We are about half way through the committee stages of the Health and Social Care Bill; yesterday afternoon and evening we ploughed through the 7th day of amendments, missing our target as usual by several groups of amendments because so many people want to speak. I spoke in the debate on amendment 103, http://www.publications.parliament.uk/pa/ld201011/ldhansrd/text/111122-0002.htm#11112299000096 about how the Bill might encourage commissioning of more integrated health and social care and had intended to speak in the group 104, the last group after dinner, about the reconfiguration of hospital services. But by the time Lord Warner introduced the topic my eyelids were closing, my contribution looked superfluous and I decided it was time to go home. Part of the problem is personal…I’m a ‘Farming Today’ person rather than a ‘Book at Bedtime’ type. These evening sessions when one has been working all day seem to me to be largely unnecessary but like many working practices in the house which were devised for the convenience of Edwardian landowners the chances of change are small….it’s tradition, don’t you know?
I have doubts too about the bilateral political debate that colours all our exchanges. Committee debates are set up to enable us to go word by word, line by line through a Bill and challenge each provision. The Bill team of civil servants sits in the box to the left of the Minister ready with notes of reply as to why the Government doesn’t like or want the amendment that has been tabled. The mover of the amendment makes a speech about why such change is necessary and prays in aid his own experience, all his briefings from a wide range of organisations (in the Health and Social Care Bill these are the Kings Fund, The Nuffield Trust, the NHS Confederation and various professional, union, patient and local government groups). Other peers join in the debate after that, quite often making a speech which has only passing relevance to the amendment but proving to the constituency of organisations that make up the lobby that one has been listening! The confrontational style of debate seems ill suited to improving the final Act….the Government holds it ground and resists any amendments at Committee stage and the Opposition chisels away, sometimes voting on amendments of minor significance just to show they can. I was caught out yesterday when Lord Warner called an unpredicted vote on amendment 98 on the content of the mandate that the Secretary of State will give to the NHS National Commissioning Board. I spoke in support of the broad ideas behind the amendment but for me they were a way of probing Government on its intentions, not something to vote on.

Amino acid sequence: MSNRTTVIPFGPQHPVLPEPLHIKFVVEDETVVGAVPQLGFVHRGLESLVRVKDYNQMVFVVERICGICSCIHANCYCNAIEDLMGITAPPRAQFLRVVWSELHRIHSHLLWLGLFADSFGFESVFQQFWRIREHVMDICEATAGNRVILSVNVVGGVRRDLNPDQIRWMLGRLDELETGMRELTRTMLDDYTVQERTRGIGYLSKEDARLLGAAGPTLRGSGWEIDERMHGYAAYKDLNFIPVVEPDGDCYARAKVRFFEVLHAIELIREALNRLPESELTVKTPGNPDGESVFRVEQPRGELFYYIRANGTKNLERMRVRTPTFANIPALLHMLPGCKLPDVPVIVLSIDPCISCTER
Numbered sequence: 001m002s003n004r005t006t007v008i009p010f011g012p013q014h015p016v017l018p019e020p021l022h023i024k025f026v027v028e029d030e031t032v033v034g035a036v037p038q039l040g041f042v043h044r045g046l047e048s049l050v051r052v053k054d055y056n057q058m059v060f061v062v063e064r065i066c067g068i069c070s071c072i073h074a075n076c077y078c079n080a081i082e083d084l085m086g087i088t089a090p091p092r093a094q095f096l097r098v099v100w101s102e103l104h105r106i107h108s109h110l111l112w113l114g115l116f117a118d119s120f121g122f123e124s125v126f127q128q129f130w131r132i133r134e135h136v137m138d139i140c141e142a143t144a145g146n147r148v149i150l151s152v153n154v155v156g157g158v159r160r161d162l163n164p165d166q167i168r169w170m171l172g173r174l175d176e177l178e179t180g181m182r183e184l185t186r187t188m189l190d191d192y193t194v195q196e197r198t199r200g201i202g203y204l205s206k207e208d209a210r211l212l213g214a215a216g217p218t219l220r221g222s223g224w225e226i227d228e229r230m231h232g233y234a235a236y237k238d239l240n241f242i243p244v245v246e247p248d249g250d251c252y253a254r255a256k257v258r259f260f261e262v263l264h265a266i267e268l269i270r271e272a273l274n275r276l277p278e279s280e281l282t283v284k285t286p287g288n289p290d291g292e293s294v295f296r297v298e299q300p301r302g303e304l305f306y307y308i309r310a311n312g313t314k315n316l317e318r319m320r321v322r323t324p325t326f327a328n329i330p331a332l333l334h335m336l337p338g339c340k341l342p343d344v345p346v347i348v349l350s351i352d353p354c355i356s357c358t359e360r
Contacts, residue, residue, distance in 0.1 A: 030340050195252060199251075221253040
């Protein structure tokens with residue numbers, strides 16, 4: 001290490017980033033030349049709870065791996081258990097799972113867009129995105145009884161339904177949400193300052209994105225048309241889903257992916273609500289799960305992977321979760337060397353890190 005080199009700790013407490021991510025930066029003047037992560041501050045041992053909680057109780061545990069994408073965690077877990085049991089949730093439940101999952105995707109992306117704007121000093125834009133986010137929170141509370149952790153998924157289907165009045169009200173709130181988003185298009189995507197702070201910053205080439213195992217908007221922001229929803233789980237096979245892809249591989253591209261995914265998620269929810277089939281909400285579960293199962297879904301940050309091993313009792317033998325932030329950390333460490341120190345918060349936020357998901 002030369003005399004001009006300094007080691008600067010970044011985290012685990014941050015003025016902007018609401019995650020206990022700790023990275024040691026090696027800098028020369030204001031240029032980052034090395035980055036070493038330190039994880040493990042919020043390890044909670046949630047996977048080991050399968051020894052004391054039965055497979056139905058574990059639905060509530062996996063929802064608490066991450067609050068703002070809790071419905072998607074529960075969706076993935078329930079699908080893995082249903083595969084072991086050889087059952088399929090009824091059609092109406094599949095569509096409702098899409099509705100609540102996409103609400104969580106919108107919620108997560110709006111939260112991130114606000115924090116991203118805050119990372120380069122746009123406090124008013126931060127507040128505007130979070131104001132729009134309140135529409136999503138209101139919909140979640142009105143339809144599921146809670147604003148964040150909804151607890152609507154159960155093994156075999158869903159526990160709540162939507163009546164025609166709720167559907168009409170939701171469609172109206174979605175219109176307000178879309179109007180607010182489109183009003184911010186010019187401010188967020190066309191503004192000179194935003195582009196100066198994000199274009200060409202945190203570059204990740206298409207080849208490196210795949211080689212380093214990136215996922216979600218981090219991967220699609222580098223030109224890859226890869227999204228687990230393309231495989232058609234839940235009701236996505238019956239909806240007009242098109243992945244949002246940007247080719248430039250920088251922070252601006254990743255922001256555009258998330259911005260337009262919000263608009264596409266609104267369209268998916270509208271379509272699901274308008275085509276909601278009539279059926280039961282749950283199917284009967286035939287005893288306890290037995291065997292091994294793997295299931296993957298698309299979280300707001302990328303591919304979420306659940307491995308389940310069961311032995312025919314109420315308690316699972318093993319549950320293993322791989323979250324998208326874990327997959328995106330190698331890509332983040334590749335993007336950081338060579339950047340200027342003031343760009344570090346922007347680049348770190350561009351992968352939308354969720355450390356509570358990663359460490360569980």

And my final grouse this morning is about those peers who save what they are going to say until the Minister has almost finished his reply then pop up and say “Before the Minister sits down…” or even worse simply get to their feet and start talking….and launch into another speech designed to delay proceedings, as if they are too grand to contribute to the debate while the common herd of folk are debating and must reserve their own slot. I have a little list of peers who are doing this regularly in this Bill…Baroness Jay of Paddington, Lord Owen and Lord Davies of Stamford are the guilty parties. Debate content sometimes gets buried in poor manners, a great pity when what they say is often worth listening to. In contrast I admire very much the Opposition style of Lord Hunt of Kings Heath; never pulls his punches but does it in an unfailingly polite incisive way giving credit to speakers on all benches when he agrees with them.